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Can the PSD2 really deliver an explosion of fintech innovation? Possibly. But only if consumers trust the exciting new services. That puts authentication at the heart of the legislation. Last week’s MEF Connects Digital webinar took a closer look at the topic.

The Payment Services Directive 2 is here. And four communities are very excited about it.

First up are the consumers. They’re rubbing their hands at new products that will make shopping easier and organising their finances more fun.

There are the banks. Some are nervous, but many see themselves as well-positioned to  build families of exciting products around their core account services.

Watch the MEF Connects Digital panel in full

Then there are the fintechs. With API-based access to accounts, they are finally free to re-invent traditional financial services products.

And finally, the fraudster community. Oh, what an opportunity for them. They are scrutinising all the amazing new products mentioned above. And they’re thinking: we can spoof every one of them.

Yes, criminals. Blasted criminals. Always there ruining things for the rest of us.

Of course, the regulators are well-aware that their audacious attempt to shake up payments legislation (and make it fit for purpose in a mobile-first e-commerce world) is being watched by fraudsters. Which is why they have made ‘strong consumer authentication’ central to the directive.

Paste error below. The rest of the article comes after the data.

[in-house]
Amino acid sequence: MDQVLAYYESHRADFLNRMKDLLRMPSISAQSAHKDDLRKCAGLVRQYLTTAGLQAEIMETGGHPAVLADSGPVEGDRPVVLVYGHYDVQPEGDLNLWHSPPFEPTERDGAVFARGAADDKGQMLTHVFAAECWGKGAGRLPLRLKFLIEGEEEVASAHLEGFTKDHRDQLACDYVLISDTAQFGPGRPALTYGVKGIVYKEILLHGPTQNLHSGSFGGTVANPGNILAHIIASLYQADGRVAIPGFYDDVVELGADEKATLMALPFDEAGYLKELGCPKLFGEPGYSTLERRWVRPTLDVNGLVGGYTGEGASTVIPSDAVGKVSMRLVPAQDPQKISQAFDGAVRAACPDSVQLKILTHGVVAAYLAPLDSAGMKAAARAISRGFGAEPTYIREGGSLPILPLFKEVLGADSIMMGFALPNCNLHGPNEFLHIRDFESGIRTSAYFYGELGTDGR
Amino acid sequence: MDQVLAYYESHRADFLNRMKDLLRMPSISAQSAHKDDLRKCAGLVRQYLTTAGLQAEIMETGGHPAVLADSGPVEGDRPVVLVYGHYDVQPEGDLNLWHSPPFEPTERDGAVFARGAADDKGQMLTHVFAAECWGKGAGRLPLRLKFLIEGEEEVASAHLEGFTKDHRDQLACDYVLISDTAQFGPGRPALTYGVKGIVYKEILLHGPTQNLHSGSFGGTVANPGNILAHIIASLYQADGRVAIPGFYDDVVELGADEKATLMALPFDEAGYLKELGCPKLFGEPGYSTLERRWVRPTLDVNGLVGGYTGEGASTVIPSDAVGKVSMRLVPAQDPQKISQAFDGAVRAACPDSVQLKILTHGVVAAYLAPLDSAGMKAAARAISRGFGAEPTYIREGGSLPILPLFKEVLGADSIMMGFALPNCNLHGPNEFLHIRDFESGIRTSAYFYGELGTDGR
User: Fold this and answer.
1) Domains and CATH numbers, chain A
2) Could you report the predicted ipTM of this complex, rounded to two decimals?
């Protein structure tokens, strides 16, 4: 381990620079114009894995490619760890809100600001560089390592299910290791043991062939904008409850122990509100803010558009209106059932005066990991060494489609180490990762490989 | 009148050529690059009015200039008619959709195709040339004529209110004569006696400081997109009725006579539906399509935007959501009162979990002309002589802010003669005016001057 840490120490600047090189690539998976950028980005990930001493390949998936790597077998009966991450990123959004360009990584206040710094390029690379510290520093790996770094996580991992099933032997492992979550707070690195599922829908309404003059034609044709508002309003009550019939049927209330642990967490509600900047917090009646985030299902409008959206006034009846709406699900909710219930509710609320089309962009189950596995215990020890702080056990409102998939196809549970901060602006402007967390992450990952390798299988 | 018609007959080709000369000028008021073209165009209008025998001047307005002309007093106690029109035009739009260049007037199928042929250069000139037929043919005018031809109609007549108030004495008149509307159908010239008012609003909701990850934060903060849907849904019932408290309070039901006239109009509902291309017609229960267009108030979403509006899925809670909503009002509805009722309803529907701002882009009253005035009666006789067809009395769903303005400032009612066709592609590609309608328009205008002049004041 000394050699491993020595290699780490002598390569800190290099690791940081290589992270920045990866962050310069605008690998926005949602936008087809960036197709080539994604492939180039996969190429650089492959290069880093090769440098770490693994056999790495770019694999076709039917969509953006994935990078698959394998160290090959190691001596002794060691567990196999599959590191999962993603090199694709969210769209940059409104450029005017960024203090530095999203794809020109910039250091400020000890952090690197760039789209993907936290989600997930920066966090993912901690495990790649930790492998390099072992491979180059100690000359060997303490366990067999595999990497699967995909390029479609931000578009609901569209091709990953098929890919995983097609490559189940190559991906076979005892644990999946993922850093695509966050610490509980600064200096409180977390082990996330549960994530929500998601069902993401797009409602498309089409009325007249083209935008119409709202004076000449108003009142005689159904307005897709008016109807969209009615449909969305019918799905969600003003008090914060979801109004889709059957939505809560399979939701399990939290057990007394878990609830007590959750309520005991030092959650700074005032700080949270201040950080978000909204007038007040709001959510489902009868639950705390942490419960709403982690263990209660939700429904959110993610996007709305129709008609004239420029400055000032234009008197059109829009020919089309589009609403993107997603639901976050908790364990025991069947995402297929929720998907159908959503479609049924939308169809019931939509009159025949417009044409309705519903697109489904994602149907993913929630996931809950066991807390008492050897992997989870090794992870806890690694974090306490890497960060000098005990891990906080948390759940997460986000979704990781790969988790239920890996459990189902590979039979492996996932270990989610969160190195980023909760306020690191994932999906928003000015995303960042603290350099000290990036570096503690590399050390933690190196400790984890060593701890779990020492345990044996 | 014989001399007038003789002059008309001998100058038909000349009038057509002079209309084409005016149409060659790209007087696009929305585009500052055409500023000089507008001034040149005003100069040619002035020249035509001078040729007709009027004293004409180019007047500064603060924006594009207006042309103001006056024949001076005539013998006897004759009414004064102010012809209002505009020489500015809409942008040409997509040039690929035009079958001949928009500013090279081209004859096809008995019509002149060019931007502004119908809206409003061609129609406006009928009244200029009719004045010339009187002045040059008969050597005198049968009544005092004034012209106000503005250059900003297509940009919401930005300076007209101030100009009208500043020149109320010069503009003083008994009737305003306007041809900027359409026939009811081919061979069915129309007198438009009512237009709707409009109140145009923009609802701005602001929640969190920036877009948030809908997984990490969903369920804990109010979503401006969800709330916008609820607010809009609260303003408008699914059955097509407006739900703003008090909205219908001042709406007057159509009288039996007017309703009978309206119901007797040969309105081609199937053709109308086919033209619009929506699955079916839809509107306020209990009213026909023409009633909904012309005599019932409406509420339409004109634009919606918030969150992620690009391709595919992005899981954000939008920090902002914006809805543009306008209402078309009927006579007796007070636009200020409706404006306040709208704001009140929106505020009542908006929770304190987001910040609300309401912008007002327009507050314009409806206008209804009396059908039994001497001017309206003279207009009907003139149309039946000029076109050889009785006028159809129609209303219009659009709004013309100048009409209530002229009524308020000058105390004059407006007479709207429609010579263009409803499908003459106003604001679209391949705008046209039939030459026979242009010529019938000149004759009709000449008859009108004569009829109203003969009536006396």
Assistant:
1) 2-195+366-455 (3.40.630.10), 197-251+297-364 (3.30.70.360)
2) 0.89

Throughout history, every big or remote transaction has required two questions to be answered:

  1. Who are you?
  2. How can you prove it?

In the ‘card not present’ world of online payments, answering these questions is especially tricky.

Hence ‘two factor authentication’ (2FA).

PSD2 specifically says: “Two-factor authentication will be required for all electronic payments…”. It lets the transactional parties decide which two from ‘something you have’, ‘something you know’ and ‘something inherent” to use.

However, as experts in the authentication space know, this stuff is not straightforward. No form of authentication yet invented is entirely fraudster-proof.

The MEF has plenty of authentication experts among its membership. Two of them shared their thoughts on the topic in a MEF Digital Connects webinar supported by CLX Communications.

They were Andrew Bud, Founder & CEO at iProov and Rob Malcolm, VP of Marketing & Online Sales at CLX.

Here are the big take-aways of the session.

1. Don’t forget: the legislation hasn’t actually said what strong consumer authentication (SCA) is yet.

The European Banking Authority (EBA) has said PSD2 requires strong consumer authentication. It has set out draft standards for the industry to consider in its Regulatory Technical Standards. But they will not be agreed until September 2019.

2. The law doesn’t say anything about what kind of biometrics you can use

Fingerprint and face are dominant for now (in mobile), but who knows what’s next? “The law doesn’t say you can’t have elbow authentication’, said Bud.

3. Prepare for a debate about on-device vs cloud-based biometrics

Should you authenticate ‘something you are’ (i.e. biometrics) locally on your device or by transmitting it to remote servers? Andrew Bud built his iProov company around the latter. But either approach is permissible.